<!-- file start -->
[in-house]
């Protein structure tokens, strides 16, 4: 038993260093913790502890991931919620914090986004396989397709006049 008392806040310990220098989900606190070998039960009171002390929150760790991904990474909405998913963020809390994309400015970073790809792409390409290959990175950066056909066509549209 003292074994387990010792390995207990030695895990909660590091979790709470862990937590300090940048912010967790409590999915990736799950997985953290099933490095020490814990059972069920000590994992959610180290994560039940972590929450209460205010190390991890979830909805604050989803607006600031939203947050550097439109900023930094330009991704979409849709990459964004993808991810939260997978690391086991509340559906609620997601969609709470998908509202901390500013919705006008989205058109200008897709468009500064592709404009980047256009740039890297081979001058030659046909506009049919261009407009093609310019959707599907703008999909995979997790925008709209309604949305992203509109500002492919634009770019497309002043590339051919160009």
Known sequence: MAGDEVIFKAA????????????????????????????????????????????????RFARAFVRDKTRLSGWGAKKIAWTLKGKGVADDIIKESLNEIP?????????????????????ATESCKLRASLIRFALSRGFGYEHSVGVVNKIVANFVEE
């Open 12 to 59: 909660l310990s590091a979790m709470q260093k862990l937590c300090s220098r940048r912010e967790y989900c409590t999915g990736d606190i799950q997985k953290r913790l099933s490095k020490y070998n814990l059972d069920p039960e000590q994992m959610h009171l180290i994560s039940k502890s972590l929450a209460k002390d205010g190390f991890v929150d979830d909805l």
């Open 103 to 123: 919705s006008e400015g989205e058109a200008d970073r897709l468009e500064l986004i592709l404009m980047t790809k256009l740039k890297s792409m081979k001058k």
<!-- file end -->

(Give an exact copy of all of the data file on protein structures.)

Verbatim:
[in-house]
């Protein structure tokens, strides 16, 4: 038993260093913790502890991931919620914090986004396989397709006049 008392806040310990220098989900606190070998039960009171002390929150760790991904990474909405998913963020809390994309400015970073790809792409390409290959990175950066056909066509549209 003292074994387990010792390995207990030695895990909660590091979790709470862990937590300090940048912010967790409590999915990736799950997985953290099933490095020490814990059972069920000590994992959610180290994560039940972590929450209460205010190390991890979830909805604050989803607006600031939203947050550097439109900023930094330009991704979409849709990459964004993808991810939260997978690391086991509340559906609620997601969609709470998908509202901390500013919705006008989205058109200008897709468009500064592709404009980047256009740039890297081979001058030659046909506009049919261009407009093609310019959707599907703008999909995979997790925008709209309604949305992203509109500002492919634009770019497309002043590339051919160009």
Known sequence: MAGDEVIFKAA????????????????????????????????????????????????RFARAFVRDKTRLSGWGAKKIAWTLKGKGVADDIIKESLNEIP?????????????????????ATESCKLRASLIRFALSRGFGYEHSVGVVNKIVANFVEE
């Open 12 to 59: 909660l310990s590091a979790m709470q260093k862990l937590c300090s220098r940048r912010e967790y989900c409590t999915g990736d606190i799950q997985k953290r913790l099933s490095k020490y070998n814990l059972d069920p039960e000590q994992m959610h009171l180290i994560s039940k502890s972590l929450a209460k002390d205010g190390f991890v929150d979830d909805l």
């Open 103 to 123: 919705s006008e400015g989205e058109a200008d970073r897709l468009e500064l986004i592709l404009m980047t790809k256009l740039k890297s792409m081979k001058k």